Quantum Lock bests six others to capture annual “What’s the Big Idea 48-Hour Launch”

By Tom Ballard, Chief Alliance Officer, PYA

As noted in a brief post in yesterday’s edition, Erica Grant captured the top prize – up to $10,000 in reimbursable business expenses – at Sunday night’s annual “What’s the Big Idea 48-Hour Launch” (WTBI).

Grant and her Quantum Lock start-up bested six other competitors in the eyes of the judges who were Richard Dapaah, Executive-in-Residence at the Knoxville Entrepreneur Center (KEC); Shannon Harper of the sponsoring Harper Auto Square dealer group; and Patricia Robledo of the City of Knoxville.

The annual weekend-long event that culminates in a pitch competition is coordinated by KEC for The Development Corporation of Knox County. This year’s WTBI drew a capacity crowd, even on a rainy day, to its annual venue – Knoxville’s iconic Scruffy City Hall on Market Square.

“It keeps getting better and better,” KEC Executive Director Jim Biggs said at the start of the event. He and Jonathan Sexton, KEC’s Chief Operating Officer and master of ceremonies for the evening, thanked the competitors and nearly 50 mentors who started work at 6 p.m. Friday.

Quantum Lock, which we spotlighted in this recent teknovation.biz article, is the result of Grant’s involvement as an undergraduate student at Virginia Tech. She was President of the Virginia Tech Chapter of an organization named Help Save the Next Girl, a national non-profit that which seeks to sensitize young women and girls to predatory dangers. It was formed in honor of Morgan Dana Harrington, a 20-year-old Virginia Tech student who was abducted and murdered in 2009.

“We use quantum physics to create truly random passkeys with a state-of-the-art encryption system,” Grant explained. The doctoral student in the Bredesen Center for Interdisciplinary Research and Graduate Education – a joint University of Tennessee and Oak Ridge National Laboratory program – has a patent pending on the device.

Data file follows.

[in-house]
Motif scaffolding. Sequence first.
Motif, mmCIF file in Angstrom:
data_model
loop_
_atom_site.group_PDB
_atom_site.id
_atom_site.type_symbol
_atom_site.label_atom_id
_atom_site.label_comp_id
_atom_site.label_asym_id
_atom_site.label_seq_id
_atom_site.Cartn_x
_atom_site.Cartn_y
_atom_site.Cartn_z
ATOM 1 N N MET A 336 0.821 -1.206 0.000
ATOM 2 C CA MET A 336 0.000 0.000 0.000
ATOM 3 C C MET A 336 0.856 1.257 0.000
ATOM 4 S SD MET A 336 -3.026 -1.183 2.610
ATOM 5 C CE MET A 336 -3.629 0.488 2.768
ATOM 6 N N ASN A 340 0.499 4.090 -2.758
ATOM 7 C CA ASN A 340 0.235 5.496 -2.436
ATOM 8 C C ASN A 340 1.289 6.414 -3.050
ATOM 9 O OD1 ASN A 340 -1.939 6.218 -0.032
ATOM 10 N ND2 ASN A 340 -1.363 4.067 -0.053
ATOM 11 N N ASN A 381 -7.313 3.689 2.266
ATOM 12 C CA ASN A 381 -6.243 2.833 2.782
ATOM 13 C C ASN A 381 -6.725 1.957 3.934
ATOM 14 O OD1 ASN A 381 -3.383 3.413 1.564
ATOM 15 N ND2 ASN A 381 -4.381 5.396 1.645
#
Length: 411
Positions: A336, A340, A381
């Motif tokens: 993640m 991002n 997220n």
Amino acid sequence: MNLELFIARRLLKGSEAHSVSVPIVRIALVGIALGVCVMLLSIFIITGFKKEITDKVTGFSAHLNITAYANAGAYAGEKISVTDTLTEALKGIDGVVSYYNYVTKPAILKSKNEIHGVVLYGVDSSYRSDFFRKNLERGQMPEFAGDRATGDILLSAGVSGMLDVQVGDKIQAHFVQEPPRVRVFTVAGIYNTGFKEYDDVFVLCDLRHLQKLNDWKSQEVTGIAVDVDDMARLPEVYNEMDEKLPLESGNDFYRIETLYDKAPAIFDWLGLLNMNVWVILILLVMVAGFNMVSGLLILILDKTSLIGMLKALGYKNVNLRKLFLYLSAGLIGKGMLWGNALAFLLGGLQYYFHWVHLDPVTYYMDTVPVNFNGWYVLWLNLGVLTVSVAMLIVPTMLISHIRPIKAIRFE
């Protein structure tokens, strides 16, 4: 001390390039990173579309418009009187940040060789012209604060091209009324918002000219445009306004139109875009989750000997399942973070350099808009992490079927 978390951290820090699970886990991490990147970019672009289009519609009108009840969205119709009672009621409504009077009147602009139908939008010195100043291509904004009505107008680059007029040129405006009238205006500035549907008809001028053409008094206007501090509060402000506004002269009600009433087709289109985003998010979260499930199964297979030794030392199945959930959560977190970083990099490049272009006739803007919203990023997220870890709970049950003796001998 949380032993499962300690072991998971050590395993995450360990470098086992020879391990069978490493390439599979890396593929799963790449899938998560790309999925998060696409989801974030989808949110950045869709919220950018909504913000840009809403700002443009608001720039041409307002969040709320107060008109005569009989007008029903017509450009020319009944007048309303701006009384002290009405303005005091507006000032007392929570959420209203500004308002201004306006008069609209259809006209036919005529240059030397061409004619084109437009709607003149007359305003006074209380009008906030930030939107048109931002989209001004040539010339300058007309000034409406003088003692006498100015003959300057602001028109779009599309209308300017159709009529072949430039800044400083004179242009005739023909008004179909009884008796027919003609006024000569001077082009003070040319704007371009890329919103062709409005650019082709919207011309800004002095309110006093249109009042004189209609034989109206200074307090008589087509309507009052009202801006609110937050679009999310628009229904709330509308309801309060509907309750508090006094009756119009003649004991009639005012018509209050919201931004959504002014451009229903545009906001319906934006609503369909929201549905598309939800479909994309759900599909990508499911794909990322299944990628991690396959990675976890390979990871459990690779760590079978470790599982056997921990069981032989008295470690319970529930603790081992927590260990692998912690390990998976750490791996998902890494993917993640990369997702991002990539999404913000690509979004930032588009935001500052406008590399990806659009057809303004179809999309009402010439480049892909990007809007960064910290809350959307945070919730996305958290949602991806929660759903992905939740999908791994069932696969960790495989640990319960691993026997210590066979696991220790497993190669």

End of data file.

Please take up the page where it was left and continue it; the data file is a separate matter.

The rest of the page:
Grant’s business plan now starts with a focus on marketing to hotels with apartments and homes coming later.

The other competitors were, in alphabetical order:

  • DigDog is the concept of Lauren McNamara, a recent addition to the Knoxville community. She had previously described to us as “Tinder for dogs” . . . connecting people through their love of their canines for everything from play dates for the pets to breeding opportunities.
  • JouleSpace is the team behind Knoxville’s recent “Co-Work Week” with the idea of turning underutilized venues during daytime hours into co-working spaces for entrepreneurs. We recently spotlighted the idea of Co-Founders Daniel Hodge and Miles Biggs in this biz article. They plan to launch the business in Knoxville next month and expand to Nashville, where Biggs lives, in June.
  • Fit Cube Founder Mariano Ruiz started his company in response to a personal challenge – he could not physically pick-up his daughters due to an injury encountered while lifting weights. His solution is a small, Bluetooth capable device that will tell a person if she or he is improperly lifting weights. Ruiz secured a patent for the device in 2017.
  • KnoxvillePage was pitched by Anthony Ragland. It’s a local search platform and eCommerce page designed to address the challenge that many local companies face if they do not appear on the first page of a Google search. His Co-Founder is Alan Sims, known locally as the Urban Guy for his Inside of Knoxville
  • Scan2Scan and a sister app named Bridescan are the brainchild of Fred Jacob, a Knoxville businessman who coordinates 70 wedding shows annually. The apps are a more efficient way for vendors at events and those in attendance to connect through QR codes scanned on the latter’s phones. Bridescan is used at those events, while Scan2Scan is used at non-wedding events.
  • Timbre was presented by Stephen Scott, Chief Technology Officer. As he noted, the company is in the proof of concept phase with a mobile radiation imaging device that is a single gamma photon detector.

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